But why can’t banks tell people why they’re barred from having a checking account when they haven’t filed one of those reports? Hundreds of readers who have lost their accounts walked away mystified.
It’s understandable that there may be confusion on this matter.
In a recent Senate Banking Committee hearing, Senator Laphonza Butler, Democrat of California, questioned Citi’s chief executive, Jane Fraser, about our November article on sudden account closings.
“We have money-laundering requirements that are very significant, in which we’re not allowed to go and then tell the customer why it is we’ve closed their account,” Ms. Fraser said. “And I think all of us appreciate how frustrating that is for our customers, but we must follow the law.”
The “not allowed” part is true when the bank has filed a Suspicious Activity Report. But is it true when it has not? “The circumstances under which banks are prohibited from disclosure are not limited to a SAR filing,” said Mr. Wright, the Citi spokesman. He declined to comment further on the extent of the prohibition.
“Jane’s testimony should not be interpreted to mean that banks can never tell a customer why an account was closed,” he added.
If your Citi accounts are closed in the future, take that quote to its employees if they won’t discuss why they shut you down.
5) Most of the banks’ Dear John letters are vague at best. Can you never have another Chase Sapphire or Citi AAdvantage credit card once the bank has closed your credit and checking accounts for unnamed reasons? Can you get a mortgage from the bank ever again? The letters generally don’t say.
Moreover, the banks offer no reassurances on whether a closed checking account may keep you from opening another bank account elsewhere. Nor do they tell you whether you’ll end up in some federal database that may cause you to be audited by the Internal Revenue Service, lose your TSA PreCheck membership or face some other punishment.
Why not clarify this so people aren’t living with acute anxiety as they try to quickly set up new accounts elsewhere — and the low-grade variety as they go about their business in future years?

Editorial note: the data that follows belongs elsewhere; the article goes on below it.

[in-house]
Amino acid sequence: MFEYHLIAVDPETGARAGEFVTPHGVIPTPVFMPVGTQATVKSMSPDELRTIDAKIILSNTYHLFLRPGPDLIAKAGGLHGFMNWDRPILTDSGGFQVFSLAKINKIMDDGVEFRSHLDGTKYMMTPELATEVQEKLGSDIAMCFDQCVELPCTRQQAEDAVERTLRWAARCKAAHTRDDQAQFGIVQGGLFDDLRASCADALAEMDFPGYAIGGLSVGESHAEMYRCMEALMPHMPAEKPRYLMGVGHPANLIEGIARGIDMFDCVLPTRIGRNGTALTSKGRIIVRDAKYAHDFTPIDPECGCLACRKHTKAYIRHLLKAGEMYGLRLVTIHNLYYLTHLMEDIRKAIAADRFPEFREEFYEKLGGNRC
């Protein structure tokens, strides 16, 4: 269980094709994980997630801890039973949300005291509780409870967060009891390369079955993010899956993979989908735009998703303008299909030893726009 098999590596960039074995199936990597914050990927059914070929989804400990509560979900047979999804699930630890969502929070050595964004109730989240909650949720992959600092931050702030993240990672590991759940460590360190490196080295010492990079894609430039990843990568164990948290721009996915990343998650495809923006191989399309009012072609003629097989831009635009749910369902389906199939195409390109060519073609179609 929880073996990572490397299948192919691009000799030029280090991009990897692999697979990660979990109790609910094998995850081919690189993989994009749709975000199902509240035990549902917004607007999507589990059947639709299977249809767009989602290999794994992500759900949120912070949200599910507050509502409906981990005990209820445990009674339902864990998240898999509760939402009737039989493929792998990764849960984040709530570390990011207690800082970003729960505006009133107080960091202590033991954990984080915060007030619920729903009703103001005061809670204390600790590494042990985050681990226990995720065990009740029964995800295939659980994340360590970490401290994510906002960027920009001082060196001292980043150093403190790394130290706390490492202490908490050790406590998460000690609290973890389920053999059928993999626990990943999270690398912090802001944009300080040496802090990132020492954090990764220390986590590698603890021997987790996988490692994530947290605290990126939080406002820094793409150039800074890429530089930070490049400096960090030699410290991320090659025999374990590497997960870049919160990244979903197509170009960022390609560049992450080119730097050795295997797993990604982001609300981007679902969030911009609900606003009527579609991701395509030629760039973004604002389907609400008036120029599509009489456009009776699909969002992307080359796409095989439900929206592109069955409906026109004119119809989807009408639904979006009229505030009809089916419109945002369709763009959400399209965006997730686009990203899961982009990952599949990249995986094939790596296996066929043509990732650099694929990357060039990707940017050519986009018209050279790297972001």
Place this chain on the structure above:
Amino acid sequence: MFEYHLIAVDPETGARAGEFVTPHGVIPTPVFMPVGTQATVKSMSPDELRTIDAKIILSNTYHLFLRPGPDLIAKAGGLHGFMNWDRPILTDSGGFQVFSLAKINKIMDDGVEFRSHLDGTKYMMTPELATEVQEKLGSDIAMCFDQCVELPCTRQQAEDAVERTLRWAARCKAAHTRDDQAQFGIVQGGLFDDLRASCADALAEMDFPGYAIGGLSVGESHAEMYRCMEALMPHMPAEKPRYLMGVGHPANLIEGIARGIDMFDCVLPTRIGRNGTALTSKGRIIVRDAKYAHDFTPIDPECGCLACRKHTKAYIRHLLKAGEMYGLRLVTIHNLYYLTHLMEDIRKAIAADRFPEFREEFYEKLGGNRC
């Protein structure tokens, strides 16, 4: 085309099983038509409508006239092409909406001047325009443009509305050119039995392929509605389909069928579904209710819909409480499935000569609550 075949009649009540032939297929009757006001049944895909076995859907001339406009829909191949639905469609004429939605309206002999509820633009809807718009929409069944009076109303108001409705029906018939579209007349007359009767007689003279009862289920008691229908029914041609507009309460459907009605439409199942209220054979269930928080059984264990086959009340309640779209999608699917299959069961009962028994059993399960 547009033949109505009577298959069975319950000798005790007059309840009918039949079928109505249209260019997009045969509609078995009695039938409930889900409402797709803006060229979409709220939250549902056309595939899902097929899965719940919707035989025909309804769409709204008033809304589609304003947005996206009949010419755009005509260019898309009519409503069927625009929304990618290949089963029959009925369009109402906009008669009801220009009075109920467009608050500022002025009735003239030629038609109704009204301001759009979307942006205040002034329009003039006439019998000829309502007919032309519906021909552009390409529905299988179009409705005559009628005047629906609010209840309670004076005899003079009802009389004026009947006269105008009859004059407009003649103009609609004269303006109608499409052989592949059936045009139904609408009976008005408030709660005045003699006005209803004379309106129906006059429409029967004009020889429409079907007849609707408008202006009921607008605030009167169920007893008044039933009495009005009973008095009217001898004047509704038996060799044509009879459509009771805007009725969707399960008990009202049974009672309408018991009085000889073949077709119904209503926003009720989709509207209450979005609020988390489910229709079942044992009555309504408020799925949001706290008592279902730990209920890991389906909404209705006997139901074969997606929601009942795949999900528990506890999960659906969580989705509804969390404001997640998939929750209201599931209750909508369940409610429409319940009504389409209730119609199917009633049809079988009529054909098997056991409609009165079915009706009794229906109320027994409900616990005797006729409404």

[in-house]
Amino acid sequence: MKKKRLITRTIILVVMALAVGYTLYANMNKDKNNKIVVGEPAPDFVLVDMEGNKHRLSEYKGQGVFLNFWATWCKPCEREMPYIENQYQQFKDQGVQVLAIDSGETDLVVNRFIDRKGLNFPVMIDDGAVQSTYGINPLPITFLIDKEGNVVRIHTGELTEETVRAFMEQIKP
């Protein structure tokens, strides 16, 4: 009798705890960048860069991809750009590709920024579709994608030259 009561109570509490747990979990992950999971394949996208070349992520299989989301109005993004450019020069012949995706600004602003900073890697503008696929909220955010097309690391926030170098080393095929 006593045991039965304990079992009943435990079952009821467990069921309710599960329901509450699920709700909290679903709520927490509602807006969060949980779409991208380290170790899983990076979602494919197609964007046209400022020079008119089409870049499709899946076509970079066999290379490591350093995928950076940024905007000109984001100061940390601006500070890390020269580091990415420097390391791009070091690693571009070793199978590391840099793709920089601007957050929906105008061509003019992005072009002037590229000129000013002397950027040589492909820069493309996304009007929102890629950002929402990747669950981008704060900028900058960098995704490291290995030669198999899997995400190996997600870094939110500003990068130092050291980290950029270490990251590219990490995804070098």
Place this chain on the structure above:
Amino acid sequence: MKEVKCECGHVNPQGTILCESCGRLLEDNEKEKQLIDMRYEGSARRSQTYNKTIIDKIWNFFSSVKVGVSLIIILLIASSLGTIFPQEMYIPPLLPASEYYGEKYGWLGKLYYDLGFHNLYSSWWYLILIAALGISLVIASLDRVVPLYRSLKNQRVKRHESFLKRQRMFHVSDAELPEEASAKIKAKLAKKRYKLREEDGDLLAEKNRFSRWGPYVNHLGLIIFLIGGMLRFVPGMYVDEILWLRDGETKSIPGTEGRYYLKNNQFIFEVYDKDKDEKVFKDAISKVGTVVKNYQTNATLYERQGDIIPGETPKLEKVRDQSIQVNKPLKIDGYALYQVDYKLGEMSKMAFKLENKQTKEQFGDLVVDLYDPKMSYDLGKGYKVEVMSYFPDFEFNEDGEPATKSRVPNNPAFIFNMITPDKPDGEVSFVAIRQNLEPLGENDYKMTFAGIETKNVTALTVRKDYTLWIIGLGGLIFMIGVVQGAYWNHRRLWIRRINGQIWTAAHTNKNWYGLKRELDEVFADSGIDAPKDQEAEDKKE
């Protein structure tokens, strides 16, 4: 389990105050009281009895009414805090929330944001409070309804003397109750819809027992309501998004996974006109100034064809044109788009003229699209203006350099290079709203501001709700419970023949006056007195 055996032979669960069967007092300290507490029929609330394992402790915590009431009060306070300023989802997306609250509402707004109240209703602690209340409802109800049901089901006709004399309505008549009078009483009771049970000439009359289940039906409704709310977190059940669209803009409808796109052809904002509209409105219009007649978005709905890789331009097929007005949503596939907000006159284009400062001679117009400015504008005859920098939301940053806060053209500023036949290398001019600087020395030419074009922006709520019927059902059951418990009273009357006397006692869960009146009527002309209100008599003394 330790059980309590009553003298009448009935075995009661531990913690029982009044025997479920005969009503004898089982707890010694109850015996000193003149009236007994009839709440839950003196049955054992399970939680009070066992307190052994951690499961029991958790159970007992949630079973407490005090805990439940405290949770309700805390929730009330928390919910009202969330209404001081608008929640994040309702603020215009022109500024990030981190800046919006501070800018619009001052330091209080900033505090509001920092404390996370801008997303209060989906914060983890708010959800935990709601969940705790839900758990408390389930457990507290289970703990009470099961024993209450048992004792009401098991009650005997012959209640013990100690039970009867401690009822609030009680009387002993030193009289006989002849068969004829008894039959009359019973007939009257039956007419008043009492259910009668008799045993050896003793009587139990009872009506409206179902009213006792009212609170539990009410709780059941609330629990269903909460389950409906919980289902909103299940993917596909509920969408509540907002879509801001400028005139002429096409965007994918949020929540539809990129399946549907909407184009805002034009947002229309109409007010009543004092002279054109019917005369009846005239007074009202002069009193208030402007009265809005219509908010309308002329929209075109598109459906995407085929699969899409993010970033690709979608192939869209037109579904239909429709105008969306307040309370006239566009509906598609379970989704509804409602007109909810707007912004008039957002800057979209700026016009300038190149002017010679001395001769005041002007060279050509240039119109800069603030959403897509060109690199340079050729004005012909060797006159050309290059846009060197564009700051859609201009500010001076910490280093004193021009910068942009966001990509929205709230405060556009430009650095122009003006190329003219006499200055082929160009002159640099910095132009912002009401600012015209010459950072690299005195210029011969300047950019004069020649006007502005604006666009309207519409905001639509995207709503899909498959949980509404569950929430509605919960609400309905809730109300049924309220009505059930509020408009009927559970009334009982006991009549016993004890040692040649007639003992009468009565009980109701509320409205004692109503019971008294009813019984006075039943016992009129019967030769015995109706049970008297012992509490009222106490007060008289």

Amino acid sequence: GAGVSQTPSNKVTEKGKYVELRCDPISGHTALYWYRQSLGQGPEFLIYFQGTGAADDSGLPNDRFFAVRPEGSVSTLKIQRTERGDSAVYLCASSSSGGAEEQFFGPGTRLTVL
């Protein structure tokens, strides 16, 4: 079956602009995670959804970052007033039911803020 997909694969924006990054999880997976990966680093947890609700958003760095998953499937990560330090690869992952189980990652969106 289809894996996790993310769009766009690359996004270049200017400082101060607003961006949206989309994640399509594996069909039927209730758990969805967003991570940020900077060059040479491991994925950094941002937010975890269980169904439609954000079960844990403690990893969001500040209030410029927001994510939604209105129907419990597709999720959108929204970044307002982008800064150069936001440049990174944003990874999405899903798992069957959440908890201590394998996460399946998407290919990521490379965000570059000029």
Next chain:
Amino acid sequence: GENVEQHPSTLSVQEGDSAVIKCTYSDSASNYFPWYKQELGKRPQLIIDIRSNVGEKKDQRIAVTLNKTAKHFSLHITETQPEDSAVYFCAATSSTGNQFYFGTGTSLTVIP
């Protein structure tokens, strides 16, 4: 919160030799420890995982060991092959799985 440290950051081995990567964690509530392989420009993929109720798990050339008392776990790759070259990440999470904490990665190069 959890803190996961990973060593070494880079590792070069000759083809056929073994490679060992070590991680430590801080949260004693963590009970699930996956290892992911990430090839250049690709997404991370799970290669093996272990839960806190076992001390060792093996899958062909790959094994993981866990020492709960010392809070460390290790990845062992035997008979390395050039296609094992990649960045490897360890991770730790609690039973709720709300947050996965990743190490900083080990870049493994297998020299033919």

Bank of America and Citi were essentially silent on this one. Chase did respond.
“Chase does not and cannot assure consumers about what will or won’t happen in their third-party interactions after an account closure because Chase does not control those third parties and does not want to provide potentially inaccurate information to consumers,” Mr. Dubrowski said. “It is possible that the reasons underlying an account closure (for example, fraud or other illegal activity) could have other effects.”
Fair enough, but there is nothing stopping banks from providing something like these reassurances, which our year of reporting has indicated are almost always true:
“Since we have only closed your checking account, we do not expect this to affect your credit report.”
“Since you were not overdrawing your account or frequently bouncing checks, we have not reported you to ChexSystems or Early Warning Services. (Negative reports there can keep you from getting a new bank account elsewhere.)”
“We have not reported you to the I.R.S., the Transportation Security Administration or any state databases that may create problems when you are applying for business licenses or when police officers look you up during traffic stops.”
And nothing is stopping our elected representatives or bank regulators from forcing banks to better inform their customers after an exit.
On that note, many readers have reported that they filed complaints to the Consumer Financial Protection Bureau and concluded that the regulator was powerless to force the banks to say or do anything about account closings and the processes around them.
But it is not as if the bureau has done nothing in similar circumstances.
Last year, as part of a $3.7 billion enforcement action against Wells Fargo, it chastised the bank for using an overly sensitive automated system to spot suspicious deposits and then freezing the customer’s entire account, along with any other accounts, for at least two weeks. Then, the bank would close the accounts and finally return the money. Wells Fargo paid over $160 million in customer remediation to over a million people affected by the freezes and agreed to use less severe tactics.
The bureau continues to examine these problems and is seeking more reports from people who have been kicked out of their banks. “Consumer complaints are an extremely useful source of intelligence that we use to identify problems in the marketplace and help inform our law enforcement work,” Eric Halperin, the bureau’s enforcement director, said in a statement.
Let this serve as an invitation for all innocent people whose accounts have been closed to flood the bureau with such reports.
Channeling rage to the consumer bureau may be cold comfort, but it’s what you’re left with for now. After all, “Don’t bank like a criminal ever again” is hard advice to swallow when you have no idea what caused the bank to evict you in the first place.